Between 1883-1913 seven large foreign companies desirous of setting up their business operations overseas established in La Luz Port. After Miller y Cª other firms came on the scene, that is the case of Elder Dempster in 1884, Blandy Brothers in 1885, Wilson Sons in 1889, Cory Brothers in 1904, Woermann Linie in 1906 and Carboneras de Las Palmas in 1909.



Since the fifteenth and sixteenth centuries the appearance of British people in The Canary Islands has been a familiar trend, however the British were not welcomed immediately and by everyone. The reason for the British communities coming to The Canary Islands was primarily economic and the people coming here were mainly formed by businessmen and merchants who imported goods from their country. By 17th century British  immigration had grown considerably more as people attempted to utilize the advantageous elements of The Canary Islands for manufacturing, such as its warm climate, which was  an aid in wine production. Due to the establishment of puertos francos (free ports) in 1852, shipping companies were created and this meant that imports and exports increased dramatically. Throughout the nineteenth and twentieth centuries, the reasons for coming to The Canary Islands increased. People started to come here not just for work reasons but also for the purpose of leisure, and this announced the time when the British would begin to take root in the Islands. Some people had gained riches through economic ventures with The Canary Islands and so had decided to come here to enjoy the sources and the rewards of their monetary gains. Others had gained stronger connections with The Canary Islands through marriages with the aristocracy and with the local bourgeoisie in The Canary Islands. For these reasons, the British have had a strong influence on the society and culture of the Islands.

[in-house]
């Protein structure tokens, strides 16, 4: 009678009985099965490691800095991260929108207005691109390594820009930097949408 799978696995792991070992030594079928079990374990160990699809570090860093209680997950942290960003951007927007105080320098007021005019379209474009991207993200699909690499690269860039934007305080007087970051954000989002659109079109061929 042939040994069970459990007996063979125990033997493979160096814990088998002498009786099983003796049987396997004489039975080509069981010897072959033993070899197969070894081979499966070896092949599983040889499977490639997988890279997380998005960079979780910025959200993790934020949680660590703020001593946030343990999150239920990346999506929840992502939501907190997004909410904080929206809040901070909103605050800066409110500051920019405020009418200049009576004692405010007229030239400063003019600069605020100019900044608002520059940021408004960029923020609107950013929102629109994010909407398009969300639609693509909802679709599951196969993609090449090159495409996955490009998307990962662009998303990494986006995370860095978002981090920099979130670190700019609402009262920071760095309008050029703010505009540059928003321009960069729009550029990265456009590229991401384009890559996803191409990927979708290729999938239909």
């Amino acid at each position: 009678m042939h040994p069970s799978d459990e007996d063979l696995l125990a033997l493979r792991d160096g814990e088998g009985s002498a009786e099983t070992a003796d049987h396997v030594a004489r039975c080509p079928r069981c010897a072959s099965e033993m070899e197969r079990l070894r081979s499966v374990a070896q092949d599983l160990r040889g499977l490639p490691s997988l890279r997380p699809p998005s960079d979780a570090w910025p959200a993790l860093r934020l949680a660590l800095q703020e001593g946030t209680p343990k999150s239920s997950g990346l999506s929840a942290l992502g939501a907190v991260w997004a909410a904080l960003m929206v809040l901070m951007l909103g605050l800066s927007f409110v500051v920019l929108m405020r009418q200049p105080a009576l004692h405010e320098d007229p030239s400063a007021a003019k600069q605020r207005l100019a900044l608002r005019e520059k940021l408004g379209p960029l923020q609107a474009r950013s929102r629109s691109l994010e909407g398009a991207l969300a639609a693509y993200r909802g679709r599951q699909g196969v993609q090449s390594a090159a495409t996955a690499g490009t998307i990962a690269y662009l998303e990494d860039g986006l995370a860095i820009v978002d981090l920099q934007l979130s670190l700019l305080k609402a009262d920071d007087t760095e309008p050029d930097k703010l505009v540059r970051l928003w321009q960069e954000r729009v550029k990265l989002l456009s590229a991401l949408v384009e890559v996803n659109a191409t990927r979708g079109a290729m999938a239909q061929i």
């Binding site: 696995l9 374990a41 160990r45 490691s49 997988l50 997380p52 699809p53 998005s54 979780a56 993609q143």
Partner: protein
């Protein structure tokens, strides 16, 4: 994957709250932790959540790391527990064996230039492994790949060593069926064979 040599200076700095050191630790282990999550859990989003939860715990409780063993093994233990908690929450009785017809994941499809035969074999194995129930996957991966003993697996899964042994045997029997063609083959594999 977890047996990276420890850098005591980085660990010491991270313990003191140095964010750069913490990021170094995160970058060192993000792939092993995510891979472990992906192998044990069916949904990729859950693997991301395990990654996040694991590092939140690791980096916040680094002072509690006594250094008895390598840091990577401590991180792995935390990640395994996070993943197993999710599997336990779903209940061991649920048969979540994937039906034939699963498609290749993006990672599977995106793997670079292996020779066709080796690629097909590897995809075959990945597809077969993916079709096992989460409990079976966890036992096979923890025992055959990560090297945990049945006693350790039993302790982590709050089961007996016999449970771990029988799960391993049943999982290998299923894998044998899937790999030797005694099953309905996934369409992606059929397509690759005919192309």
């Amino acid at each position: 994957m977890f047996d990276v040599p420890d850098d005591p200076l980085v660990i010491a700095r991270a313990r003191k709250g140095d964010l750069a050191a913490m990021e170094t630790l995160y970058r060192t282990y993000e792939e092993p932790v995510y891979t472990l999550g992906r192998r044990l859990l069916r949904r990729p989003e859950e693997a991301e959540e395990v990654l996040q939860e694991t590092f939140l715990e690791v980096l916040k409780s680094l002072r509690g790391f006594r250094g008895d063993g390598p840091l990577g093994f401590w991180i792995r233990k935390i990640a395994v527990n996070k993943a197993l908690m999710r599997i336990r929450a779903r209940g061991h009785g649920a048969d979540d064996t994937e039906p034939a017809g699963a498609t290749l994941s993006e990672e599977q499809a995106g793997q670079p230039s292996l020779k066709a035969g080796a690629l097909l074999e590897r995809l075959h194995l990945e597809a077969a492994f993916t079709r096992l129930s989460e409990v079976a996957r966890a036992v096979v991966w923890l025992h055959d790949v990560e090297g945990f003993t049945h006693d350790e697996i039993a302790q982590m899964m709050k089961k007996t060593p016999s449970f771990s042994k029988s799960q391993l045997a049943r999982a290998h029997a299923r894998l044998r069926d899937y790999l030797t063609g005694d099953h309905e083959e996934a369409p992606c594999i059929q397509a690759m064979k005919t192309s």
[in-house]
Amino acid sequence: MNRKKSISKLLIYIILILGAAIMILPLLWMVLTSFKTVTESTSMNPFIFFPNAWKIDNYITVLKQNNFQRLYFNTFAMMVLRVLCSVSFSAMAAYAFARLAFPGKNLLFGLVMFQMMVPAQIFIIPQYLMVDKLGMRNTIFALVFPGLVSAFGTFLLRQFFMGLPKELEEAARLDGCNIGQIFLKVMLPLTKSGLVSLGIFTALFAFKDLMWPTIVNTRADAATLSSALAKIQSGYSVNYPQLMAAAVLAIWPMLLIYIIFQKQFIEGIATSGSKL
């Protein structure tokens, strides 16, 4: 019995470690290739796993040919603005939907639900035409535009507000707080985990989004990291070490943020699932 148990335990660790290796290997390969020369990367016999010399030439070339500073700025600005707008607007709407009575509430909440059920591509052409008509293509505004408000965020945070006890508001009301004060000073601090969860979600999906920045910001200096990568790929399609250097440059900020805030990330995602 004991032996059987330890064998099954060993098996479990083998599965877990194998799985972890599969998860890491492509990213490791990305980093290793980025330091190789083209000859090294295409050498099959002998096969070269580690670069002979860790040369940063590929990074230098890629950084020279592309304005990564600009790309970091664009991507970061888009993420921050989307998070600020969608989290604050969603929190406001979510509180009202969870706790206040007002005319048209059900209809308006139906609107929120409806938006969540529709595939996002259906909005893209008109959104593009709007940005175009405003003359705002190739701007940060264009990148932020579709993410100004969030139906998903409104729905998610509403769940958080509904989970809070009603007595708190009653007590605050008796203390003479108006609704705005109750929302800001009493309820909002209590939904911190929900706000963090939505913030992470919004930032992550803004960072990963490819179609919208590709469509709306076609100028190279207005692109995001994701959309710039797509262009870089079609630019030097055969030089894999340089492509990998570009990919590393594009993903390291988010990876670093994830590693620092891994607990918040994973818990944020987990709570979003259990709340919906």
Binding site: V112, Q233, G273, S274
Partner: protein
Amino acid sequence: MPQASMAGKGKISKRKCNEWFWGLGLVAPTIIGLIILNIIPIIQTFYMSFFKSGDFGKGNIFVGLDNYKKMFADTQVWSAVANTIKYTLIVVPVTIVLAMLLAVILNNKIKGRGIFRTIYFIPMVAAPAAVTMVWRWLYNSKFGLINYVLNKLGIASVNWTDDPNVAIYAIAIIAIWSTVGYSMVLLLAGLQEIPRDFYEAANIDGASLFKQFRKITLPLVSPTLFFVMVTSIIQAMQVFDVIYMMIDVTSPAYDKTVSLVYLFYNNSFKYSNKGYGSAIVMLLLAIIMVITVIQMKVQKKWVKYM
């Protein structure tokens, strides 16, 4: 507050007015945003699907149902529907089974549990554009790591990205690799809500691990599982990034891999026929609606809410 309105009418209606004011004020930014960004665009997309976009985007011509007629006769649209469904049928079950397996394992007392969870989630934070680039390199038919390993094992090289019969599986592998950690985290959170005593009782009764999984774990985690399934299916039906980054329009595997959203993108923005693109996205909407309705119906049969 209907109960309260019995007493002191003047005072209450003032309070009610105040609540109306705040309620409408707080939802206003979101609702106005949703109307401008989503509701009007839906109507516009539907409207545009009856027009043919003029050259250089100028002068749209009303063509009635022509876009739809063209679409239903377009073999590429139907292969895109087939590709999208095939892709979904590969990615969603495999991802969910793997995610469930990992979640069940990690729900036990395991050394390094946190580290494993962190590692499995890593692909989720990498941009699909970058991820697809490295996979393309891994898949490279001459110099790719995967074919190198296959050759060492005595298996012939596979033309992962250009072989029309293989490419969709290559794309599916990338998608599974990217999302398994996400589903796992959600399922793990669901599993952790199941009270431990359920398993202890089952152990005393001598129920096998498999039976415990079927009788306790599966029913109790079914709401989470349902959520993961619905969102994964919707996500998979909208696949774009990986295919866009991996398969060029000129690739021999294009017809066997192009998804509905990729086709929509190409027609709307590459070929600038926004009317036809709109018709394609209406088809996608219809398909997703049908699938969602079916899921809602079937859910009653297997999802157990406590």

Furthermore British roots were established in the nineteenth century through media and literary elements such as Tenerife and its Seven Satellites by the English writer Olivia Stone or The Tenerife News first published on 3rd January 1891. This newspaper was created so that the considerable amount of British people who were coming to the Islands and who could not read Spanish newspaper’s, would then be able to read about local and national news from the area. This newspaper eventually disappeared, but a new article reporting information to the British members of The Canary Islands came in the form of an extra part of the newspaper El Iriarte, which was called El Iriarte English Supplement. It was only two pages long but represented a written influence of English being pressed upon the Islands as did The Canary Islands Review created in 1903 in Las Palmas de Gran Canaria.


Elder Demspter Headquarters at Las Palmas


Launch boat


Olivia Stone, author of Tenerife and its Seven Satellites



British Cemetery Headstones


British Cemetery at Las Palmas

The creation of the British Cemetery goes back to 1835 and followed the death of Sarah Walter, a non-Catholic who died in 1829 and was buried ‘outside the city walls’

In 1834 the land was given by the Corporation of the City of Las Palmas and was followed by other subscriptions. The first burial took place on the 4th December, 1835.

In 1875 there was a dispute as to whether an American lady could be buried in the British Cemetery.
As the space was limited it was felt that burial was restricted to British citizens only, however, The British Foreign Secretary intervened and the lady was duly buried. The British Consul, Mr. Robert Hughton  who rejected the application in the first place had no choice but to present his resignation letter to Lord Granville (British Foreign Secretary) as a result of this unpleasant incident, leaving his position the same year. In the last hundred years it has been the final resting place for many people from different nationalities and faiths.